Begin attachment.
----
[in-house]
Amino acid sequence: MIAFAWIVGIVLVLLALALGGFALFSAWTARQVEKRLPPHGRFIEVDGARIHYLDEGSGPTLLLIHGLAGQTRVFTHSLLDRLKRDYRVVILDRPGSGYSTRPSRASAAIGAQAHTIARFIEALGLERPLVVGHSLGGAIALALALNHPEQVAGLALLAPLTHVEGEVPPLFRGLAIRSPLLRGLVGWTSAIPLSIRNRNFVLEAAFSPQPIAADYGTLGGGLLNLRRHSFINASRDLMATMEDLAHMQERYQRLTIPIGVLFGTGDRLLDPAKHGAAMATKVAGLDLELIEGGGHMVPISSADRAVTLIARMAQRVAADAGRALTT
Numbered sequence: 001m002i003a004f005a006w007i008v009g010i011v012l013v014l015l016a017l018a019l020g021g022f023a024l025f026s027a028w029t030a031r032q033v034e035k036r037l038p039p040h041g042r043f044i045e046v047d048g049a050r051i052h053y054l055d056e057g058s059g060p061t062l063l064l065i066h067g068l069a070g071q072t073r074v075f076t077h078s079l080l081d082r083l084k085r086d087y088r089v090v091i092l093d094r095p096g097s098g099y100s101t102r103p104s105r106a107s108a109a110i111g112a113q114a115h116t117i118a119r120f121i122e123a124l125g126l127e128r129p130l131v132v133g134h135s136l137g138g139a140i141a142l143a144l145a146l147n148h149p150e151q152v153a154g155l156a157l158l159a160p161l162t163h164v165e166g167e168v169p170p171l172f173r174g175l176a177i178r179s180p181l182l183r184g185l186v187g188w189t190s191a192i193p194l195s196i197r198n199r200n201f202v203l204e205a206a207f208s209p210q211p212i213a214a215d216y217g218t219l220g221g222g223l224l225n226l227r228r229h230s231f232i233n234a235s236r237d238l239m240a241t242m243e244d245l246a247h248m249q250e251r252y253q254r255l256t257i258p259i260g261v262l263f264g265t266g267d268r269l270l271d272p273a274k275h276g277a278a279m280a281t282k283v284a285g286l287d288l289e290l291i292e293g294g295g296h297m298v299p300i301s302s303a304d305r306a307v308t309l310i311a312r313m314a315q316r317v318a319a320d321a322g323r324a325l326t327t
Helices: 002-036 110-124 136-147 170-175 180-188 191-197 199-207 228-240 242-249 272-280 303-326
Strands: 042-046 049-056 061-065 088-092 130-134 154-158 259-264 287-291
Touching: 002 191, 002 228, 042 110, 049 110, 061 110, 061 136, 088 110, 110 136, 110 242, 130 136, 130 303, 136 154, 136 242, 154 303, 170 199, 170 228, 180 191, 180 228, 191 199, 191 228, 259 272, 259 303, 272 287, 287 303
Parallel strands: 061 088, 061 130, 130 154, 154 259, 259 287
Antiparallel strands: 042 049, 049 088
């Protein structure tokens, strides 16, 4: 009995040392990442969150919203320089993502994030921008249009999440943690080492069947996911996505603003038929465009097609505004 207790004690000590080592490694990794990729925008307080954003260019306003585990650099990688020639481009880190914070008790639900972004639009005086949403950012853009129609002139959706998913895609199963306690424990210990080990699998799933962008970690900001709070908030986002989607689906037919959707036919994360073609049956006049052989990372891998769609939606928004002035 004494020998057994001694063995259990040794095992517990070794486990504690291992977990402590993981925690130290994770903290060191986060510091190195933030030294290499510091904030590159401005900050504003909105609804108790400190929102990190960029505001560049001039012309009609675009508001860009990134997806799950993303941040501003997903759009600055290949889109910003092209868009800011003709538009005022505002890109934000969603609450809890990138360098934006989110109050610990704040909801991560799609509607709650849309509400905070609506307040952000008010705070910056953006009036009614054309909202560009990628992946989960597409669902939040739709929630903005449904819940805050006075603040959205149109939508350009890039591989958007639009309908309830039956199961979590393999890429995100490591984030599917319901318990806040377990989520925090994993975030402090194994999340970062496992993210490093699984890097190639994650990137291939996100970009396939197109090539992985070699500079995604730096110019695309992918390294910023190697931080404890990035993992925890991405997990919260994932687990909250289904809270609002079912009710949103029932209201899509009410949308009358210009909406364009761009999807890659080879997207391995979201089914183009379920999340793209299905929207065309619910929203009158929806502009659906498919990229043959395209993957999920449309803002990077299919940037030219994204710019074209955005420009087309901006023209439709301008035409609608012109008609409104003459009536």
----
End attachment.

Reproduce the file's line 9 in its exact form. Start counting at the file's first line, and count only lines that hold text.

């Protein structure tokens, strides 16, 4: 009995040392990442969150919203320089993502994030921008249009999440943690080492069947996911996505603003038929465009097609505004 207790004690000590080592490694990794990729925008307080954003260019306003585990650099990688020639481009880190914070008790639900972004639009005086949403950012853009129609002139959706998913895609199963306690424990210990080990699998799933962008970690900001709070908030986002989607689906037919959707036919994360073609049956006049052989990372891998769609939606928004002035 004494020998057994001694063995259990040794095992517990070794486990504690291992977990402590993981925690130290994770903290060191986060510091190195933030030294290499510091904030590159401005900050504003909105609804108790400190929102990190960029505001560049001039012309009609675009508001860009990134997806799950993303941040501003997903759009600055290949889109910003092209868009800011003709538009005022505002890109934000969603609450809890990138360098934006989110109050610990704040909801991560799609509607709650849309509400905070609506307040952000008010705070910056953006009036009614054309909202560009990628992946989960597409669902939040739709929630903005449904819940805050006075603040959205149109939508350009890039591989958007639009309908309830039956199961979590393999890429995100490591984030599917319901318990806040377990989520925090994993975030402090194994999340970062496992993210490093699984890097190639994650990137291939996100970009396939197109090539992985070699500079995604730096110019695309992918390294910023190697931080404890990035993992925890991405997990919260994932687990909250289904809270609002079912009710949103029932209201899509009410949308009358210009909406364009761009999807890659080879997207391995979201089914183009379920999340793209299905929207065309619910929203009158929806502009659906498919990229043959395209993957999920449309803002990077299919940037030219994204710019074209955005420009087309901006023209439709301008035409609608012109008609409104003459009536």